Roger Simon had a post yesterday which reminded me of one I had written just about two years ago. Commenting on the Rinky Dink Antiwar Demonstrations this past weekend, Roger finds their turnout “pretty pathetic.”
Two years ago, I had asked, If Iraq is like Vietnam, how come the rallies keep getting smaller? And the rallies are still shrinking, smaller this year than they were in 2005. Back then, they were only a fraction on what they had been at the outset of the war. By contrast, in the Vietnam era, the rallies kept getting bigger as the war progressed.
Roger ponders the meaning of the increasingly sparsely-attended demonstrations:
What’s interesting is why this low turnout when, according to many polls, the public is supposedly massively against the war. If they are so antiwar, they certainly are pretty apathetic about it. This is another example of why Iraq is not Vietnam when filling the streets with demonstrators was a simple matter.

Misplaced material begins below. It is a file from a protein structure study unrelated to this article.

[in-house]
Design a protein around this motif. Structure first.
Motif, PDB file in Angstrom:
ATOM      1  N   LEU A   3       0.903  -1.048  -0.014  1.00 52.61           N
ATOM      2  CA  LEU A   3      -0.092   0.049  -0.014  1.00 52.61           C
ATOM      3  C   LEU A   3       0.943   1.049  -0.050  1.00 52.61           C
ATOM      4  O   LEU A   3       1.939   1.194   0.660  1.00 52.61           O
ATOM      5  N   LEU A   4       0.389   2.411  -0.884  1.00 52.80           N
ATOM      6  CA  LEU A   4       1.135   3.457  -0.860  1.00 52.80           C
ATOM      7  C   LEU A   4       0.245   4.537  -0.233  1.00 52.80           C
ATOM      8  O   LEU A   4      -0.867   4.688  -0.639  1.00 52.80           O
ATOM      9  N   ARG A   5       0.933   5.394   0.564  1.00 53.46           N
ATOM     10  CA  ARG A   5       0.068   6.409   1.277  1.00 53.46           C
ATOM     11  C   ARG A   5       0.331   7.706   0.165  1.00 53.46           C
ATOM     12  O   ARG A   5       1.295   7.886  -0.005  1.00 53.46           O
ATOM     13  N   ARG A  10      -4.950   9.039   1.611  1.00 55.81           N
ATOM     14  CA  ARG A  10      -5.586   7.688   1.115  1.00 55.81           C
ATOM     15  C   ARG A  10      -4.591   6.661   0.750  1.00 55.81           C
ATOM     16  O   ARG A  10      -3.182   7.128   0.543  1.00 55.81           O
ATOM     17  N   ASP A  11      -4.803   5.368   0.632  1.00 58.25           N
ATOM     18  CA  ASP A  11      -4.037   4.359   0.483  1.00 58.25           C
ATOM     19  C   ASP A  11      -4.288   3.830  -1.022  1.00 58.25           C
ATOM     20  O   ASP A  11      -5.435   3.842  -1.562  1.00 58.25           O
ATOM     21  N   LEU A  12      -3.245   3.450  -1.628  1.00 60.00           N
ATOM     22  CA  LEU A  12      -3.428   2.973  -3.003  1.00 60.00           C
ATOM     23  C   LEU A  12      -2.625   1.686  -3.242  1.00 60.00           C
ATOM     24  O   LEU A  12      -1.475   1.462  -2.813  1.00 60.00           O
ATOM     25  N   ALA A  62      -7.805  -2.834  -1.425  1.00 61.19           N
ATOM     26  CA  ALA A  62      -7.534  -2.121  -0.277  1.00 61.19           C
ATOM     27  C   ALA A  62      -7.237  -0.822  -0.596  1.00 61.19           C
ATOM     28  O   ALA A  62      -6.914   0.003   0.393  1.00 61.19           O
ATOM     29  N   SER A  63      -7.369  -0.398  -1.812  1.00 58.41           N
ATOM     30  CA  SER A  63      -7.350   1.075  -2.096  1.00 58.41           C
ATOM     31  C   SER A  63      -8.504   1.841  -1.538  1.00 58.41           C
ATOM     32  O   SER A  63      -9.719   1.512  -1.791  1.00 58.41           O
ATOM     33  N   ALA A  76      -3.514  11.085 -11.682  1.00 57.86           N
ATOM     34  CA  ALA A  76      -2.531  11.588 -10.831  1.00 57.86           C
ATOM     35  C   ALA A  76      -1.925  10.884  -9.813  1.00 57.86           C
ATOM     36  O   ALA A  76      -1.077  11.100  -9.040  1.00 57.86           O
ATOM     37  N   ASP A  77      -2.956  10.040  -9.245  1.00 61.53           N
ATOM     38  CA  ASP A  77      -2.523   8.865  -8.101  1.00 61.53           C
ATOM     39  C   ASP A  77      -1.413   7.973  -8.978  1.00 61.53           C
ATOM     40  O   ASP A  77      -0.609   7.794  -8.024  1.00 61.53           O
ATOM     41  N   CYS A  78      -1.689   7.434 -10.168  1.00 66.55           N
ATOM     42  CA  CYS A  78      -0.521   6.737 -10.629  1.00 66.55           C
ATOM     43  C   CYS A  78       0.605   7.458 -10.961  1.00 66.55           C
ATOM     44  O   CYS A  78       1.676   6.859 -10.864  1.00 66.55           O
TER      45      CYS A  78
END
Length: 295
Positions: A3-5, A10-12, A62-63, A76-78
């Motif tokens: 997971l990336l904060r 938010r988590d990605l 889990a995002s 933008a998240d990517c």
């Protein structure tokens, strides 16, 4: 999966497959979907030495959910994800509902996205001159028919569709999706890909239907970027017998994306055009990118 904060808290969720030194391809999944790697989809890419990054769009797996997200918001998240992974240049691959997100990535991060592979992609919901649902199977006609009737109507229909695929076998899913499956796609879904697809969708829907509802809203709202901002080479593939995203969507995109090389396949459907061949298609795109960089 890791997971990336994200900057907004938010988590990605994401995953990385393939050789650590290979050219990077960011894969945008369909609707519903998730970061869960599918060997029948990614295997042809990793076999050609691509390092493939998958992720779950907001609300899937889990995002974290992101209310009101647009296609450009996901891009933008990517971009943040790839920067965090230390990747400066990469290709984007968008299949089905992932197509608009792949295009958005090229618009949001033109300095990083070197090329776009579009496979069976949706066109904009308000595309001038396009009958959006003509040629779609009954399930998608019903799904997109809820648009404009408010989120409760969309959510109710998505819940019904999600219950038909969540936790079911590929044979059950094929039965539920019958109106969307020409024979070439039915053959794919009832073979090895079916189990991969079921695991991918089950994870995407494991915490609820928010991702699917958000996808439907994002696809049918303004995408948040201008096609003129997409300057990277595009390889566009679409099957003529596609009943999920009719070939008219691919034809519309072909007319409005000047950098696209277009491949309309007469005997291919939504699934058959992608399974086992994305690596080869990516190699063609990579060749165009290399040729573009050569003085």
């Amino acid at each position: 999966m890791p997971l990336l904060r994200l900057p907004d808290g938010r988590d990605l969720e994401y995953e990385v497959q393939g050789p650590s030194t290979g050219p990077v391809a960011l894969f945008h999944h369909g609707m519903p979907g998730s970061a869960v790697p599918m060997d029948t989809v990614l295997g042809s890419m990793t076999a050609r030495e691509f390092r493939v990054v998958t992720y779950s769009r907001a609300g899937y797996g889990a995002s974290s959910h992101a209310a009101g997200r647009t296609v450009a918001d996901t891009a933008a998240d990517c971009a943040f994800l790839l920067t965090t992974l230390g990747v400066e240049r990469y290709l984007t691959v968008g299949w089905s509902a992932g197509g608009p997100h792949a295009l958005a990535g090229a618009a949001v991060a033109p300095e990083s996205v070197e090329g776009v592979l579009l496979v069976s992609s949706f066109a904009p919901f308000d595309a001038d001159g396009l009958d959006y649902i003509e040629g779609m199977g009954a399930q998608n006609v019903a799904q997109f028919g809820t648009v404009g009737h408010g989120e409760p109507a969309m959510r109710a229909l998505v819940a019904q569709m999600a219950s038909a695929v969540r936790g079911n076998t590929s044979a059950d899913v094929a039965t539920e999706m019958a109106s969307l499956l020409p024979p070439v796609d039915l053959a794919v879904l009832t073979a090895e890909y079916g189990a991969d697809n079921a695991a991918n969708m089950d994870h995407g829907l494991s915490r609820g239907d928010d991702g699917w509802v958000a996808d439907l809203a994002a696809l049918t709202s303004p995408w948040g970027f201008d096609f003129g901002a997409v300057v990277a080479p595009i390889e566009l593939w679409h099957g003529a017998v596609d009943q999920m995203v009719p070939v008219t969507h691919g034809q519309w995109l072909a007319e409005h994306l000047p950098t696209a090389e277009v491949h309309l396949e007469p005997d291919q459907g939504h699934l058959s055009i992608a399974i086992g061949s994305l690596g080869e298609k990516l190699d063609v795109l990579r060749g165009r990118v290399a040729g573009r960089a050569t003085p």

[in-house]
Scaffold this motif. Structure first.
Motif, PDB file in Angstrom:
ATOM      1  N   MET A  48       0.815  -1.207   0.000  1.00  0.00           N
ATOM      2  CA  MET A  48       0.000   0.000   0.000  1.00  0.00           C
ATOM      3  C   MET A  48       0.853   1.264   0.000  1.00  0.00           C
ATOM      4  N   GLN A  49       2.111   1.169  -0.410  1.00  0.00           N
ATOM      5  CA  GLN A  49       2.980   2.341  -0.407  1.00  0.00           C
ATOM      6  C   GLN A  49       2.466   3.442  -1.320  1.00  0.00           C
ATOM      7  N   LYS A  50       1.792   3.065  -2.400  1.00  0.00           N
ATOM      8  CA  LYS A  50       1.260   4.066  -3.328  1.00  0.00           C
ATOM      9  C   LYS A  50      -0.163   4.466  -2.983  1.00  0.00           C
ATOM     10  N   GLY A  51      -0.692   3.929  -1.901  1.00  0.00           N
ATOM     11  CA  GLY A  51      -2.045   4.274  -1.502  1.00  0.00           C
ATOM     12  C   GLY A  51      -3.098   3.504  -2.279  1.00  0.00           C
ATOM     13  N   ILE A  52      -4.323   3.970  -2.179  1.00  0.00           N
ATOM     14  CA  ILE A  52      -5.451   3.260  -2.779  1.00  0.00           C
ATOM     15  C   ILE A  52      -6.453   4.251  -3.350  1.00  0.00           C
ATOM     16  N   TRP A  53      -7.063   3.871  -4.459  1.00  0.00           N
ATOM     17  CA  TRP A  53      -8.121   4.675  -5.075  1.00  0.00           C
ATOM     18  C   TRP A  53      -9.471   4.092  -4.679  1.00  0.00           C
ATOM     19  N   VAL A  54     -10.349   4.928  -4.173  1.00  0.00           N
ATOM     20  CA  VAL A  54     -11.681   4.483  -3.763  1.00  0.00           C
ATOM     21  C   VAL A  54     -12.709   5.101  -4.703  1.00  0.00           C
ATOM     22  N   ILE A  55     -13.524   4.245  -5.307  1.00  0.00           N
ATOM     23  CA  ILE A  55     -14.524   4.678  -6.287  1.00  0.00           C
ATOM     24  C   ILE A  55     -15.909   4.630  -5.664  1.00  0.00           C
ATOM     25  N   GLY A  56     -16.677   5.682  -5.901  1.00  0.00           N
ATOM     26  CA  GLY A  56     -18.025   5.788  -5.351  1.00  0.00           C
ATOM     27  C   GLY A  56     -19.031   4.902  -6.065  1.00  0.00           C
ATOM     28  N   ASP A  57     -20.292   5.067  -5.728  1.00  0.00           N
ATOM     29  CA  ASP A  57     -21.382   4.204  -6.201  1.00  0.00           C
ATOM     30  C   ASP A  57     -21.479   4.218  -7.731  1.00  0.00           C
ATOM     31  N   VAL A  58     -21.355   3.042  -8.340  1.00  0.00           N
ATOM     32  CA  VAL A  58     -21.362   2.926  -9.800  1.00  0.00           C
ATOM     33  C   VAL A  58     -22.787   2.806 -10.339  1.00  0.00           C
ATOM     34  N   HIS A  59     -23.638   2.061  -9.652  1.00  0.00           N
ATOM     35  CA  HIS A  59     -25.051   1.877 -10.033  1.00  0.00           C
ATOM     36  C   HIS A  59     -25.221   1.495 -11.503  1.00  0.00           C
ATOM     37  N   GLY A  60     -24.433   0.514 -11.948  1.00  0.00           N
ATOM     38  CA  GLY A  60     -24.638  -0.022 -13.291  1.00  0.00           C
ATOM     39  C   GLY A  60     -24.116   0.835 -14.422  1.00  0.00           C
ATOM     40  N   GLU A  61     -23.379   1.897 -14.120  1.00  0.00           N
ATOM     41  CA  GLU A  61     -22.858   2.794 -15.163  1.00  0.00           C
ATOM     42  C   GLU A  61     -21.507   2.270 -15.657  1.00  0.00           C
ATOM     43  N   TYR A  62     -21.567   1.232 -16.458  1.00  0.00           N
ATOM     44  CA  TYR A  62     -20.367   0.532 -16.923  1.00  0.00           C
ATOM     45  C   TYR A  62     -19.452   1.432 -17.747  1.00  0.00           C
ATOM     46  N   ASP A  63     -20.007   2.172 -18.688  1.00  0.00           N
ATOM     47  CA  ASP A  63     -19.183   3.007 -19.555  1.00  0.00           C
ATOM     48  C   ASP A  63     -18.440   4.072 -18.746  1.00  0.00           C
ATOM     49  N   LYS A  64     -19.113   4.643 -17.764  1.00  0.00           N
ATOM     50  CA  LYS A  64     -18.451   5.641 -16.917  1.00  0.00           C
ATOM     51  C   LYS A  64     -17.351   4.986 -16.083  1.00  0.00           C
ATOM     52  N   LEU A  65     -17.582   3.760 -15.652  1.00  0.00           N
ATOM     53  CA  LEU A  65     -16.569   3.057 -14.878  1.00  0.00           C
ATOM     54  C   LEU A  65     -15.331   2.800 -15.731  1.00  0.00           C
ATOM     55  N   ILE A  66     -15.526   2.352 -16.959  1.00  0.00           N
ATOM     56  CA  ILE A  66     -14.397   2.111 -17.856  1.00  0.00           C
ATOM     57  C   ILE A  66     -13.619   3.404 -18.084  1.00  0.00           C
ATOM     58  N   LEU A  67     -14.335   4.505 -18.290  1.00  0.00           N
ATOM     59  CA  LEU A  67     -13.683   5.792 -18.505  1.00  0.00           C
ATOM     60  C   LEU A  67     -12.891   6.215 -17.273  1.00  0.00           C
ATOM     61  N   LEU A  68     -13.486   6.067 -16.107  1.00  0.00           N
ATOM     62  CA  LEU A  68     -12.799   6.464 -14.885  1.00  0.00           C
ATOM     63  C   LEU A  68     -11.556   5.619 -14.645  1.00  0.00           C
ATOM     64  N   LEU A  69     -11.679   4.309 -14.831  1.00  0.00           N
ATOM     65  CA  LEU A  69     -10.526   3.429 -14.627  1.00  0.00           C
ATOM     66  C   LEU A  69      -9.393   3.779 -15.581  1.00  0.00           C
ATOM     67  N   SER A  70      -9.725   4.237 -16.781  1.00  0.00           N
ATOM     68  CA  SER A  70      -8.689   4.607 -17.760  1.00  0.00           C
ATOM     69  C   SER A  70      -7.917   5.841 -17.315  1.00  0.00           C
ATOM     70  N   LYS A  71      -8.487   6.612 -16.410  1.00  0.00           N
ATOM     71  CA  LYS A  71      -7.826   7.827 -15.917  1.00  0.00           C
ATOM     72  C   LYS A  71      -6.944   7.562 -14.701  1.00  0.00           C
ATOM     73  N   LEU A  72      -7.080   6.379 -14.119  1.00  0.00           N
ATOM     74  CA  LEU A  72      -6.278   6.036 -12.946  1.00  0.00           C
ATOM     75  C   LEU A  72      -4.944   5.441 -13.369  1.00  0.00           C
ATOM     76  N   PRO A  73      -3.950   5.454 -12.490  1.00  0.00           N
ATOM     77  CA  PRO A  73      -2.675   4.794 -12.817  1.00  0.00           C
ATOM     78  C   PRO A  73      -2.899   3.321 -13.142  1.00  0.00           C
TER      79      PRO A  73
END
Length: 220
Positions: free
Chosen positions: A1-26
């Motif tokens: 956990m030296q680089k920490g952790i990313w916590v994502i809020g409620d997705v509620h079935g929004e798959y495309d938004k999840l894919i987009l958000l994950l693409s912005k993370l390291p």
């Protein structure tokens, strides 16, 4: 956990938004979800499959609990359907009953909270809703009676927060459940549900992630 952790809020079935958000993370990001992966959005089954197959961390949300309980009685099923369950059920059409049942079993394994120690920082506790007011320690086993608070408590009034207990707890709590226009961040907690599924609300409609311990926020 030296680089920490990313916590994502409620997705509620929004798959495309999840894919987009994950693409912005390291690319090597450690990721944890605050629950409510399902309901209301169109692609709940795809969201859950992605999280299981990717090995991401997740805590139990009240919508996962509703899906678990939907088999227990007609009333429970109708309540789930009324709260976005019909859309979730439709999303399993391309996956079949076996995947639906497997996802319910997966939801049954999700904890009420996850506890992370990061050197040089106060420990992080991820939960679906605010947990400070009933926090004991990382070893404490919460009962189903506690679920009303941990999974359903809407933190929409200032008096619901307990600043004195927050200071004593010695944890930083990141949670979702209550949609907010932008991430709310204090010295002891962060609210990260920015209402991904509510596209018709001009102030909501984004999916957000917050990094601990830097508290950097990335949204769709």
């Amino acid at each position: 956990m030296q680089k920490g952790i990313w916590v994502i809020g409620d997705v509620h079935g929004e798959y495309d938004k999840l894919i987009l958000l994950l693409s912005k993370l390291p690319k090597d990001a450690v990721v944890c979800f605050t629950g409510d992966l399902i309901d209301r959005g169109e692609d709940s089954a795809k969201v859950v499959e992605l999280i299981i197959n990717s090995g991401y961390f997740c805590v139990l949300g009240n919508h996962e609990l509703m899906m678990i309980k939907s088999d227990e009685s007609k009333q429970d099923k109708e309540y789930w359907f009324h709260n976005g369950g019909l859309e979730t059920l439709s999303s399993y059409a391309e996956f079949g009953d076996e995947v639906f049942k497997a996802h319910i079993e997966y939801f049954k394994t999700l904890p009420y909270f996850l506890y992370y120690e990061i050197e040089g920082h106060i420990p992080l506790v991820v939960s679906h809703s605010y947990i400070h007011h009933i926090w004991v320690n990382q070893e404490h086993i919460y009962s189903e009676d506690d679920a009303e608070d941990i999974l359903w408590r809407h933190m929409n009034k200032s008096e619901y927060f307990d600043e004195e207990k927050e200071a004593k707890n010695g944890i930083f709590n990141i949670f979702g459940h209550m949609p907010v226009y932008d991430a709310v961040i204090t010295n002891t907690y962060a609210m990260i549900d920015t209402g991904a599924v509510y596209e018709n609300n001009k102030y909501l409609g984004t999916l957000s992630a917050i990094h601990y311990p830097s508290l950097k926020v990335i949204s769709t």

This also may mean that the public opinion polls themselves are not a decent measure of how people really feel. Although pollsters try, polls in general are particularly poor at measuring the depth of people’s convictions or natural human ambivalence. Ambivalent people don’t tend to get on a bus to go to a demonstration.
Something for Republicans to think about before looking to the latest polls to determine which way they intend vote on a certain issue. For that matter, it’s something the Democrats should also consider.
But unlike during the Vietnam era, when the size and strength of street protests gradually grew over time, the Iraq war initially produced massive demonstrations that have since petered out. On Saturday, only about 20,000 gathered for what was billed a major peace march.